The Bible’s Certain Words and Fixed Meaning
“So that your trust may be in the LORD; I have instructed you today, even you. Have I not written to you excellent things of counsels and knowledge, that I may make you know the certainty of the words of truth, that you may answer words of truth to those who send you (Prov. 22:19-21)?”
In order for the Church to have anything of eternal value to say, we are charged with speaking words that are true, certain, knowledgeable, and excellent. What is the goal of knowing and speaking so? So that you, even you, can place your trust [faith] in the LORD, and so you can answer words of truth [evangelize] to those who send you or send for you.
One very clear thing to understand for us as Christians concerning how we think and speak about God and His Word is this: uncertainty is not humility, and certainty is not arrogance. God Himself created the reality in which we live, language and how it works to communicate meaning, the rules of logic which govern grammar and discourse, and the sensible world we interact with as embodied creatures. We do not live in the Wachowski’s The Matrix, nor do we live in a world created by some unknown God with ever changing rules of reality. We do not practice pagan spirituality that has as its goal an undefinable numinous “awe” centered on a God we cannot define, based upon questions and not answers. Christianity, by definition, is a religion of answers.
The Word of God is what created all things (Gen. 1). The Word of God sustains and upholds all things by His Word (Col. 1; Heb. 1). The Word of God is that through which men and women are brought into a saving relationship with Christ (Rom. 10:9-21; Tit. 1:1-3). The Word of God is that which through men are judged (John 12:48). The Spirit of God inspired the men who wrote God’s Word in the Bible (2 Pet. 1; 2 Tim. 3). God’s Words are more important than any experience in the Christian life. Recall Job: “Though He slay me, I will trust Him (Job 13:15).” If the validity of God’s Word depended on us in any way or our experience of God, then God’s Word would have ceased to have objective meaning and power long before any of us were alive. We are transformed by the Word, the Word is not transformed by us.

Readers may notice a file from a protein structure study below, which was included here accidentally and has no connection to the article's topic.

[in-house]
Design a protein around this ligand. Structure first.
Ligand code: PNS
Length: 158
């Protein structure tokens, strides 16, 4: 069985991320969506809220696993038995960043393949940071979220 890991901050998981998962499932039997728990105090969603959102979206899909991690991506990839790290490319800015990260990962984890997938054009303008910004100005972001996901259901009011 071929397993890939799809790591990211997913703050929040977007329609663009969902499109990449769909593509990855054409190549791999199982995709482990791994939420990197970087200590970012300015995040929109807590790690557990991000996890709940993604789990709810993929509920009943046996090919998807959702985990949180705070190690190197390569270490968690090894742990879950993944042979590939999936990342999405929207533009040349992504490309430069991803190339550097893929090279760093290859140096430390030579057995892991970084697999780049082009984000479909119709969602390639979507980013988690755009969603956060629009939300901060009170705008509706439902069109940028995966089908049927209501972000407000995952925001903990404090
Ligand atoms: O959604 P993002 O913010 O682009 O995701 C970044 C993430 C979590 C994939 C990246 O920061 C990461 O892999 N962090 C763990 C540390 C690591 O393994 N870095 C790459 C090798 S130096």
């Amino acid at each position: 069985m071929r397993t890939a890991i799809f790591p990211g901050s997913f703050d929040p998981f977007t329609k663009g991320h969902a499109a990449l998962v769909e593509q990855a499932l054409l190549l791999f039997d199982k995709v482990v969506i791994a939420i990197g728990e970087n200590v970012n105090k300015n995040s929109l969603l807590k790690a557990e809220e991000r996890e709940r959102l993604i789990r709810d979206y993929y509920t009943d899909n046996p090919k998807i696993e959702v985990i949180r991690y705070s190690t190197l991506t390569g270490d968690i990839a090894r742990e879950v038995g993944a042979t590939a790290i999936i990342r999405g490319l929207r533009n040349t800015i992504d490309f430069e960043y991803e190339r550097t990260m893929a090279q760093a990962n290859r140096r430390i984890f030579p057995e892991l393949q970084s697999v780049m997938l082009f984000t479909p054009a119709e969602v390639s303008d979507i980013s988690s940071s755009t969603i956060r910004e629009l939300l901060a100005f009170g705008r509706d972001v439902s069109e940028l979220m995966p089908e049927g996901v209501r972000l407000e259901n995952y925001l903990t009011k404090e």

Therefore, we as Christian pastors and laymen are entrusted with that Gospel Word to become established in the “excellent things of counsels and knowledge” so that we come to “know the certainty of the words of truth” so that we can actually evangelize the lost and also defend and explain the faith rationally. The faith advances propositionally in an objective Word, not mystically in a subjective quagmire. Christian ministry and Christian evangelism were never and are never primarily driven by personal experience, nor does evangelism require an extravagant testimony nor a previously wayward life to have the grounds to “authentically” speak God’s Word. Why? Because the worth is located in the God who saved you and His Word; the worth is not grounded in your experience of that salvation.
Remember, the prophet Samuel served God and learned the deep truths of the High Priest Eli from the time of being a child: “Samuel ministered before the LORD, even as a child (1 Sam. 2:18).” Think of others who were never drinking down the dregs of sin before conversion (Daniel, Joseph, David, etc.) Think of those who were great sinners before they were saved, and how they did not glory in their former shame as some supposed merit badge of authenticity that gave them the right to preach, teach, evangelize, or lead (Manasseh, Paul, Moses; cf. Rom. 6:21). Our American ideal of spiritual authority being bound up in a testimony of an exceedingly sinful life, and that somehow giving someone greater authority, finds no place in Scripture or Church history. Read Augustine’s Confessions, and compare that to most modern testimonies, and you’ll see exactly what I mean. Augustine knew his authority was grounded in God and His Word, not in his own personal pre-conversion sinful experiences nor his personal post-conversion spiritual experiences. Our experience is secondary, not primary, when it comes to ministry and evangelism.